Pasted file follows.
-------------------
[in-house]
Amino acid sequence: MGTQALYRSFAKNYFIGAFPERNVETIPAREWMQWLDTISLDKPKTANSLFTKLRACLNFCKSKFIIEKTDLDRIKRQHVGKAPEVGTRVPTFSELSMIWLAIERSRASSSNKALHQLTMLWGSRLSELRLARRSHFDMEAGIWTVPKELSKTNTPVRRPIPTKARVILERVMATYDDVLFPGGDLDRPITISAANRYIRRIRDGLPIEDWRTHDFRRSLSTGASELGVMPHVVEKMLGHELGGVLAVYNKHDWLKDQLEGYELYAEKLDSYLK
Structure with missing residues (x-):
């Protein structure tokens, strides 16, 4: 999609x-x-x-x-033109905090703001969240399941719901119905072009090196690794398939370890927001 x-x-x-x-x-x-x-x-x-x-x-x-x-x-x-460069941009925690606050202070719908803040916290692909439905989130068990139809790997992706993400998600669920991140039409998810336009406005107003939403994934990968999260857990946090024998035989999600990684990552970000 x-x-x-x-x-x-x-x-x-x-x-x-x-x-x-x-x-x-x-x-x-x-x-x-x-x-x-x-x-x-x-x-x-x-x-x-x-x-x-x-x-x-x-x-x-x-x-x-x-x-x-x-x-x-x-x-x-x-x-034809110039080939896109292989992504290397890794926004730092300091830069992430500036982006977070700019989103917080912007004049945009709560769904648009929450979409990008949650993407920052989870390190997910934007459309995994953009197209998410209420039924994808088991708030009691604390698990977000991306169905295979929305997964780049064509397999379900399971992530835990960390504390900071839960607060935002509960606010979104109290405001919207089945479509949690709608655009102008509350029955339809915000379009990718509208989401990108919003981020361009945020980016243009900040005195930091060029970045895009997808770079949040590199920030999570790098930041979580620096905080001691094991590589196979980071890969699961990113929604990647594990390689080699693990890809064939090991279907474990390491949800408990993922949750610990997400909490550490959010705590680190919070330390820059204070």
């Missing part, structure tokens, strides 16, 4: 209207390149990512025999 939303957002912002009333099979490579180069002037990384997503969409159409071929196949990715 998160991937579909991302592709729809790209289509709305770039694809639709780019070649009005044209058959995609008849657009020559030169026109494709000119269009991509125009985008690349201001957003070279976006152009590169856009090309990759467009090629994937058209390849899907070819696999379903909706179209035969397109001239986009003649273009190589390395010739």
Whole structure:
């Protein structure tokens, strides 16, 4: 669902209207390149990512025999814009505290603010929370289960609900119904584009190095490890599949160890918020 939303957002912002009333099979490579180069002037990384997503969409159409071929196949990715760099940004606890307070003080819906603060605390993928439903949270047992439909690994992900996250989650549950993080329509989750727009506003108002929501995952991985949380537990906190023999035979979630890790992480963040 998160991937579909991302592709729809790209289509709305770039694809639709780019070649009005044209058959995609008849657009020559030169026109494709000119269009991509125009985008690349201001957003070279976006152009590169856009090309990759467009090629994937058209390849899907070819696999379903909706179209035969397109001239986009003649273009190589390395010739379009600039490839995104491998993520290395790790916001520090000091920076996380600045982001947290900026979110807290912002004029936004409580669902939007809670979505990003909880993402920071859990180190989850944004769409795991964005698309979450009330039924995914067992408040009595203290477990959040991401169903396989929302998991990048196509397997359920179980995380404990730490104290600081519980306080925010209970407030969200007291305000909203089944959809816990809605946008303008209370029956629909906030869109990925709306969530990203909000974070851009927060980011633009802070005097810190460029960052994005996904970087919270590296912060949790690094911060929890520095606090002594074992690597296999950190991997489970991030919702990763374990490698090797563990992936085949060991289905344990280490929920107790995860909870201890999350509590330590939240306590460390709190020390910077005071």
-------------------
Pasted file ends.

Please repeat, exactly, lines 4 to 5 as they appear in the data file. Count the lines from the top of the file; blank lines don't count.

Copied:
């Protein structure tokens, strides 16, 4: 999609x-x-x-x-033109905090703001969240399941719901119905072009090196690794398939370890927001 x-x-x-x-x-x-x-x-x-x-x-x-x-x-x-460069941009925690606050202070719908803040916290692909439905989130068990139809790997992706993400998600669920991140039409998810336009406005107003939403994934990968999260857990946090024998035989999600990684990552970000 x-x-x-x-x-x-x-x-x-x-x-x-x-x-x-x-x-x-x-x-x-x-x-x-x-x-x-x-x-x-x-x-x-x-x-x-x-x-x-x-x-x-x-x-x-x-x-x-x-x-x-x-x-x-x-x-x-x-x-034809110039080939896109292989992504290397890794926004730092300091830069992430500036982006977070700019989103917080912007004049945009709560769904648009929450979409990008949650993407920052989870390190997910934007459309995994953009197209998410209420039924994808088991708030009691604390698990977000991306169905295979929305997964780049064509397999379900399971992530835990960390504390900071839960607060935002509960606010979104109290405001919207089945479509949690709608655009102008509350029955339809915000379009990718509208989401990108919003981020361009945020980016243009900040005195930091060029970045895009997808770079949040590199920030999570790098930041979580620096905080001691094991590589196979980071890969699961990113929604990647594990390689080699693990890809064939090991279907474990390491949800408990993922949750610990997400909490550490959010705590680190919070330390820059204070």
């Missing part, structure tokens, strides 16, 4: 209207390149990512025999 939303957002912002009333099979490579180069002037990384997503969409159409071929196949990715 998160991937579909991302592709729809790209289509709305770039694809639709780019070649009005044209058959995609008849657009020559030169026109494709000119269009991509125009985008690349201001957003070279976006152009590169856009090309990759467009090629994937058209390849899907070819696999379903909706179209035969397109001239986009003649273009190589390395010739």